But I am well aware that we are fragile human beings at the mercy of forces of oppression, and this is why I am also filled with sad rage and fury—why can I not do more to help you? Please just let me know how I can be of ANY help and I will do it, be it political or personal. Next week I go to Toronto to present the new film The Pervert’s Guide to Ideology, and I will dedicate it to you.

It may sound crazy, but although I am an atheist, you are in my prayers. Prayers that you will soon see your family, children, friends. Prayers that you will at least have some time to read and reflect in peace while in prison!

All my love,

Slavoj”

The story of how this exchange came to be is as interesting as the letters themselves. While in provisional detention in Moscow, Nadya explained the politics behind the Pussy Riot protest by citing Socrates, Diogenes, and mentioned she was currently reading “Violence” by Slavoj Zizek and would love to meet him. Michel Eltchaninoff, who writes the introduction for “Comradely Greetings,” promptly wrote Zizek to arrange a meeting. Realizing a physical meeting was likely impossible, a letter exchange was arranged. Zizek’s letters, written in English, were translated in Russian, and Nadya’s letters, written in Russian, were translated into English. The letters, of course, were all monitored by Russian prison officials.

The letter exchange between Nadya and Zizek are fascinating for a few reasons. First, Nadya is a brilliant philosophy student who manages to spar with one of academia’s most well-read theorists. Second, Zizek comes off as a truly genuine and caring person.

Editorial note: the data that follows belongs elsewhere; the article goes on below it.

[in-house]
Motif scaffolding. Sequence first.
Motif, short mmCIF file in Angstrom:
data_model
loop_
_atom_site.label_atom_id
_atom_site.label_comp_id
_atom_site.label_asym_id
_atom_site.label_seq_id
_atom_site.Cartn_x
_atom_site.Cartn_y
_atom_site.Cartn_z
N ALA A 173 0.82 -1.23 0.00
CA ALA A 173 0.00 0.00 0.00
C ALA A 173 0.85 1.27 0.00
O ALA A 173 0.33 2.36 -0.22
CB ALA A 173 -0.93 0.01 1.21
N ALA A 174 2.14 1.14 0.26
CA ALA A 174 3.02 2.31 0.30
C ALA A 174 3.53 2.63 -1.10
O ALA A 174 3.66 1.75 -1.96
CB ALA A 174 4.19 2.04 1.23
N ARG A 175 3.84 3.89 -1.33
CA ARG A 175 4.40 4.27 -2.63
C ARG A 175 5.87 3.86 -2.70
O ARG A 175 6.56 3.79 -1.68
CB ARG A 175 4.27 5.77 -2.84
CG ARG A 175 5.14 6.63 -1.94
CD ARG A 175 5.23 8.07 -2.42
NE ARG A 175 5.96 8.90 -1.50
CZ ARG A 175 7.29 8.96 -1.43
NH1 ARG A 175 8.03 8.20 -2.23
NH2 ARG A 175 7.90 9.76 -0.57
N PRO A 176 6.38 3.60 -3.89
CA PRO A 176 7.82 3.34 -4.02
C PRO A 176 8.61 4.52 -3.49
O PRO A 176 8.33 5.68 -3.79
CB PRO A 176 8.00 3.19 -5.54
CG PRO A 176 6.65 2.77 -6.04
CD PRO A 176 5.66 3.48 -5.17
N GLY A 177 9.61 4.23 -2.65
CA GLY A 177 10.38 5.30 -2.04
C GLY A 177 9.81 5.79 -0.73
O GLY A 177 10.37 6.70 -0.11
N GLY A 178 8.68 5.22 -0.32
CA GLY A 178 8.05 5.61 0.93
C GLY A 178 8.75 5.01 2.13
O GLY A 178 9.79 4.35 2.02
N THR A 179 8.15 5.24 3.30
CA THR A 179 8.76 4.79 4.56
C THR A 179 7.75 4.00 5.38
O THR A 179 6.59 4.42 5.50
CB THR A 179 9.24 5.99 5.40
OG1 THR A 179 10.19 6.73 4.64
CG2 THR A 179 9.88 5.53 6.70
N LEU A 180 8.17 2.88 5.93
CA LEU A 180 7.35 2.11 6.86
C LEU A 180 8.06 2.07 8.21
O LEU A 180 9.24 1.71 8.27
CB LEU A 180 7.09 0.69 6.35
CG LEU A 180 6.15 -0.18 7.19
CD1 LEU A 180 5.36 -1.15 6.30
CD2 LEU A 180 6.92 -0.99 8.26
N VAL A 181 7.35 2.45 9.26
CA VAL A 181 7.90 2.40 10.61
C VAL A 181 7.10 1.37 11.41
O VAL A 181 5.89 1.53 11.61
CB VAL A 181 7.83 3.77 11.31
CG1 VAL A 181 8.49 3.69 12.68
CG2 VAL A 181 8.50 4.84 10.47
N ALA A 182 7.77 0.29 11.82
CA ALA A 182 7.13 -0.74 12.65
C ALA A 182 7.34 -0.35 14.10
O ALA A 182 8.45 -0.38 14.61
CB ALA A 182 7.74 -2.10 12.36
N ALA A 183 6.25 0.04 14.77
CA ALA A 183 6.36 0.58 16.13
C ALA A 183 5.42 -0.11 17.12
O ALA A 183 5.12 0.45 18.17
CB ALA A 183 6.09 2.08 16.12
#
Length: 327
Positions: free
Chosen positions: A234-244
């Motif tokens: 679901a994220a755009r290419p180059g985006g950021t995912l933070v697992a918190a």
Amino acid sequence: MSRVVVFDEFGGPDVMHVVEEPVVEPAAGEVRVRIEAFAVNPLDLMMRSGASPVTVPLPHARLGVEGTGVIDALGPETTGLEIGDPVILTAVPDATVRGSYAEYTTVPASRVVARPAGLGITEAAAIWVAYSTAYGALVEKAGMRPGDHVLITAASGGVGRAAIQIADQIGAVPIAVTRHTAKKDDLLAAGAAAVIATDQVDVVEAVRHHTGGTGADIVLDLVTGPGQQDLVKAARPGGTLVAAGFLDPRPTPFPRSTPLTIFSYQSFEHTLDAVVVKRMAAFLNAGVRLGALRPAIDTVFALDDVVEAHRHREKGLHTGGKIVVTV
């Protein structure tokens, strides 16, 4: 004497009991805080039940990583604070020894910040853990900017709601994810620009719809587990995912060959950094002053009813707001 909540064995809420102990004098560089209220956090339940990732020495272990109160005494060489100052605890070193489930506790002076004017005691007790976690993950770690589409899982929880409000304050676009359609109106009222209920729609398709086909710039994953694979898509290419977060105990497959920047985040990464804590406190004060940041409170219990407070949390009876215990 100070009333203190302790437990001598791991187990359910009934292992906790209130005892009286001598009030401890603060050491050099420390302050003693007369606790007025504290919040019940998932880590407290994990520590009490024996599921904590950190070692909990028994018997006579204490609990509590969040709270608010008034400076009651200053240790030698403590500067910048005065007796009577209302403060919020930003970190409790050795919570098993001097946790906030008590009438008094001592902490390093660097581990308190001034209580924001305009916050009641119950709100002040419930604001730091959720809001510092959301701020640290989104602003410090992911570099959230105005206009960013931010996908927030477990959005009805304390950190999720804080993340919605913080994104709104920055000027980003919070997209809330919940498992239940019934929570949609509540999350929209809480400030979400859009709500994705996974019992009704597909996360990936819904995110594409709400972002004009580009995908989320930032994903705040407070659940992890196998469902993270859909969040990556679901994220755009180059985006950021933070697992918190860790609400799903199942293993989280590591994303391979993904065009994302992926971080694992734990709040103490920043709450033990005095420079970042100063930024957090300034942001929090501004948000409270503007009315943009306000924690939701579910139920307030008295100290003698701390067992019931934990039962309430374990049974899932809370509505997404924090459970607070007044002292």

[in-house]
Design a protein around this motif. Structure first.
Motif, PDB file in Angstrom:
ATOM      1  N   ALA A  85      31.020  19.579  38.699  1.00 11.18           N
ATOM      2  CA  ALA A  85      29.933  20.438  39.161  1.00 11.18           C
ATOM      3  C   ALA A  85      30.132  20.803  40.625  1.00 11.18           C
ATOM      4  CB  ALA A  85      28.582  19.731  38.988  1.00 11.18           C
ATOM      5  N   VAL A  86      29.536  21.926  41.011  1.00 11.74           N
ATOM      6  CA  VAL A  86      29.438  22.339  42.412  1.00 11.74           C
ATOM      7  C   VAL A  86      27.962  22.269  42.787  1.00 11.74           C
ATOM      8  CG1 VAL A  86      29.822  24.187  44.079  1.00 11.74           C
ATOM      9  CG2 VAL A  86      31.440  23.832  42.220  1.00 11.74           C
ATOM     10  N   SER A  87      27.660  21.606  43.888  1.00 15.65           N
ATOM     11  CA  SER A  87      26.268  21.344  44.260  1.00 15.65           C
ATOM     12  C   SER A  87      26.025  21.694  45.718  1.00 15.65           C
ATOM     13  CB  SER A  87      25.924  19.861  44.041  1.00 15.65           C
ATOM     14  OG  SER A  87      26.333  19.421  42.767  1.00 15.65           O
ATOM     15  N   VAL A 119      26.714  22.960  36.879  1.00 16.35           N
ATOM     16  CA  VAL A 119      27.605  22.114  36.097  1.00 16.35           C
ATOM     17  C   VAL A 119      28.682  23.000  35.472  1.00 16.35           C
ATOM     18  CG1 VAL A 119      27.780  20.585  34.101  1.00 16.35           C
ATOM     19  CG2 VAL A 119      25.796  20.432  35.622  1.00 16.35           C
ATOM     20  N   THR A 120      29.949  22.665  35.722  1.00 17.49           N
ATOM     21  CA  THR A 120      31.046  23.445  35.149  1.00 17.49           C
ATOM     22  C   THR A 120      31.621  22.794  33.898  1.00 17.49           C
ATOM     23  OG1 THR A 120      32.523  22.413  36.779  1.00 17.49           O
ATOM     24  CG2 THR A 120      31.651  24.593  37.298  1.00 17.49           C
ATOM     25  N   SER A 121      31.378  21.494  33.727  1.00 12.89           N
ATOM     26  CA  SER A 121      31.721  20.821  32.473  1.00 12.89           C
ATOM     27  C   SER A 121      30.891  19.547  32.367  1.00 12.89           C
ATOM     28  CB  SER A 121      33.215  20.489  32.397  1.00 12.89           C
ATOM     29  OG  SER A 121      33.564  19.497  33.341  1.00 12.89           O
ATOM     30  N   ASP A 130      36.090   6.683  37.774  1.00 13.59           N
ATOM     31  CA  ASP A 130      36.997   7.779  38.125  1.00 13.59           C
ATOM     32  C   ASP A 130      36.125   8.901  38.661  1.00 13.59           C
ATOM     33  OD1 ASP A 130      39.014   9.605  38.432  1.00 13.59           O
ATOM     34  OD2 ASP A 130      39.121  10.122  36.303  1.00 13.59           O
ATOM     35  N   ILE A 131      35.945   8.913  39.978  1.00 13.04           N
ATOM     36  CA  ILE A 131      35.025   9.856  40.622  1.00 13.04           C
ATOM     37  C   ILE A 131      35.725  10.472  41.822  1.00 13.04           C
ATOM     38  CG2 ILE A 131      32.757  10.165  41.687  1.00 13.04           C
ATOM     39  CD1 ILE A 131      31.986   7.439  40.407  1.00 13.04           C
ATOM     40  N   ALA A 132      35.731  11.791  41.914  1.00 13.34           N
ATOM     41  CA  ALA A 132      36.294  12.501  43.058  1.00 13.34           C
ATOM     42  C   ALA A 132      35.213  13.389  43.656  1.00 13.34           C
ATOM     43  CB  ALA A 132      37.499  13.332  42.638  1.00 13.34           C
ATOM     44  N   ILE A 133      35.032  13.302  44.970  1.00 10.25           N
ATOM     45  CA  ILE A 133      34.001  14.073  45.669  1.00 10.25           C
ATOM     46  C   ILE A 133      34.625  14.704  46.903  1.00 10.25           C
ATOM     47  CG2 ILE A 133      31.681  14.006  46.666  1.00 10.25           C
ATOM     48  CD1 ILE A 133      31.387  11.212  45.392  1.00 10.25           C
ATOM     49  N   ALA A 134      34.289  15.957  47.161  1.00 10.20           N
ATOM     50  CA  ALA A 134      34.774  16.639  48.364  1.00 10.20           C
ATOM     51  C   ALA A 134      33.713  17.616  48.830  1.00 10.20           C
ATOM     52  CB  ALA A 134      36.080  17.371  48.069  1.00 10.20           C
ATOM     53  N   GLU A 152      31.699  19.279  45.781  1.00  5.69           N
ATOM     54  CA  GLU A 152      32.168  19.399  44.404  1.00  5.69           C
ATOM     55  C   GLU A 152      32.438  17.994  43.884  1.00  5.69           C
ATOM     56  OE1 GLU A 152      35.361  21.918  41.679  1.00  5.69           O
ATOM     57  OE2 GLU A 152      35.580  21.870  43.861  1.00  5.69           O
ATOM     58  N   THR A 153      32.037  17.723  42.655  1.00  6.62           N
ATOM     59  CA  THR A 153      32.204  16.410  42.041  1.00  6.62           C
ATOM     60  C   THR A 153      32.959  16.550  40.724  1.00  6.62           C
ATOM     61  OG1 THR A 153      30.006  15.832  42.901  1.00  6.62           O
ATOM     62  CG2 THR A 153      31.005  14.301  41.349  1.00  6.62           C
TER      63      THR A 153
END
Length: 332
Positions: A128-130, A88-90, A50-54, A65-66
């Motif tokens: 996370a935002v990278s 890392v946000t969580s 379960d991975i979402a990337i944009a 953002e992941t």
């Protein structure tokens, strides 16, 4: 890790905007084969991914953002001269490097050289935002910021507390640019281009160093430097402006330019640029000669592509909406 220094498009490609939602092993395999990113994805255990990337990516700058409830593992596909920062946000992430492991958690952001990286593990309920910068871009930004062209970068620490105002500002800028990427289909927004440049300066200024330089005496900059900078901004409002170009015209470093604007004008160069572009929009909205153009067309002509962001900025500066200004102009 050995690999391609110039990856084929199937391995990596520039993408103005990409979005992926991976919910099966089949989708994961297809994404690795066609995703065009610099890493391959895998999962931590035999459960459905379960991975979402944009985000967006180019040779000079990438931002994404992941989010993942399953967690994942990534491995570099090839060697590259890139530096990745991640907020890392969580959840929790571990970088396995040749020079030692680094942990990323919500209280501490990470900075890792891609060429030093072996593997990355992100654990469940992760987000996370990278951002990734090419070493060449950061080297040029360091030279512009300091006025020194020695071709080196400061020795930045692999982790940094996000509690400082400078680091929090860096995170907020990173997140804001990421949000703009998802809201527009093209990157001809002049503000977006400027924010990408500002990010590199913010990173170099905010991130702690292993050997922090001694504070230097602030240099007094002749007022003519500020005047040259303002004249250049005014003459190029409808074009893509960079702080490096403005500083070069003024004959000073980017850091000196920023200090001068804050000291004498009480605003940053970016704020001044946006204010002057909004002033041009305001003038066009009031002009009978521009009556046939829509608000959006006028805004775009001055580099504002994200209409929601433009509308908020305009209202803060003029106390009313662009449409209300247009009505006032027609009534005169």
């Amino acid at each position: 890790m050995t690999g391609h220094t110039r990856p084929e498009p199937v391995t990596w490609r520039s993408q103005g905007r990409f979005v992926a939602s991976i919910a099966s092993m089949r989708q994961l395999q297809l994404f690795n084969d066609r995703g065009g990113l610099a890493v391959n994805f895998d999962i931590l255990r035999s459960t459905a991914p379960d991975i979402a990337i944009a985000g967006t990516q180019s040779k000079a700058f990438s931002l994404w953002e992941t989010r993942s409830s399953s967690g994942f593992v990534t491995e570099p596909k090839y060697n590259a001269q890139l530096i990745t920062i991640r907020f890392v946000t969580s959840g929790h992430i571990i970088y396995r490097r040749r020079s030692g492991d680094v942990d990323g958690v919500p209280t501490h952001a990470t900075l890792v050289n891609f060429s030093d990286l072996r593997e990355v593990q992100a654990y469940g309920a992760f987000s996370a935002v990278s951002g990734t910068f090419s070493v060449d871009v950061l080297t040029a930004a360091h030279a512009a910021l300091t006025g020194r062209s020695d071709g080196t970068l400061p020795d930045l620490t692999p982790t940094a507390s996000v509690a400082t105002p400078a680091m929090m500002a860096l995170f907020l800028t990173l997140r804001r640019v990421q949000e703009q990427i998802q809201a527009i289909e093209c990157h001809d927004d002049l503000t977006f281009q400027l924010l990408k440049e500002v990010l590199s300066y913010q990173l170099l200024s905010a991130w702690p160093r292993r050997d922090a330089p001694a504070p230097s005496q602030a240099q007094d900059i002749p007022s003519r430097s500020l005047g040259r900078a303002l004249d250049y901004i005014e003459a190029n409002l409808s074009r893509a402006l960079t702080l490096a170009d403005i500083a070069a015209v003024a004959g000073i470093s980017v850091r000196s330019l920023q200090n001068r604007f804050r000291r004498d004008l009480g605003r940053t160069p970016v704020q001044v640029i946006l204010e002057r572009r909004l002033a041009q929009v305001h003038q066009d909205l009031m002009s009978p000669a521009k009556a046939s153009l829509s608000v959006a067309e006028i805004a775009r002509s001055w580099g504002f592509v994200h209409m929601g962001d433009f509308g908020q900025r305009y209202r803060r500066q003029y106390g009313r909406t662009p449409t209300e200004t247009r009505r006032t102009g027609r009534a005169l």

After a rather lengthy letter, he concludes,

“But, my dear Nadya, I feel a certain sense of guilt in writing these lines: who am I to explode in such narcissistic theoretical outbursts when you, as a concrete individual, are exposed to very real empirical deprivations.”

In the response below, Nadya notes “Don’t waste your time worrying about giving in to theoretical fabrications while I supposedly suffer ‘empirical deprivations.'” (Note – a shorter version of this article had previously appeared in The Guardian).

The note, entitled “I Write You From a Special Economic Zone,” Nadya takes issue with the idea that modern capitalism is “loose,” “erratic,” and non-hierarchical, noting that she is among the many who continue to be exploited in these hierarchical structures. Nadya’s prison was functionally a forced labor camp, where she elsewhere notes people regularly work 16-hour days.

Dear Slavoj,

You really think “today’s capitalism has already overcome the logic of totalizing normality”? I say maybe it hasn’t— maybe it just really wants us to believe it has, to accept that hierarchization and normalization have been exceeded. You mention places where the legal rights that limit exploitation are suspended in the name of the world capitalist order. At this very moment, I write you from a Special Economic Zone. Seeing it with my eyes, feeling it on my skin.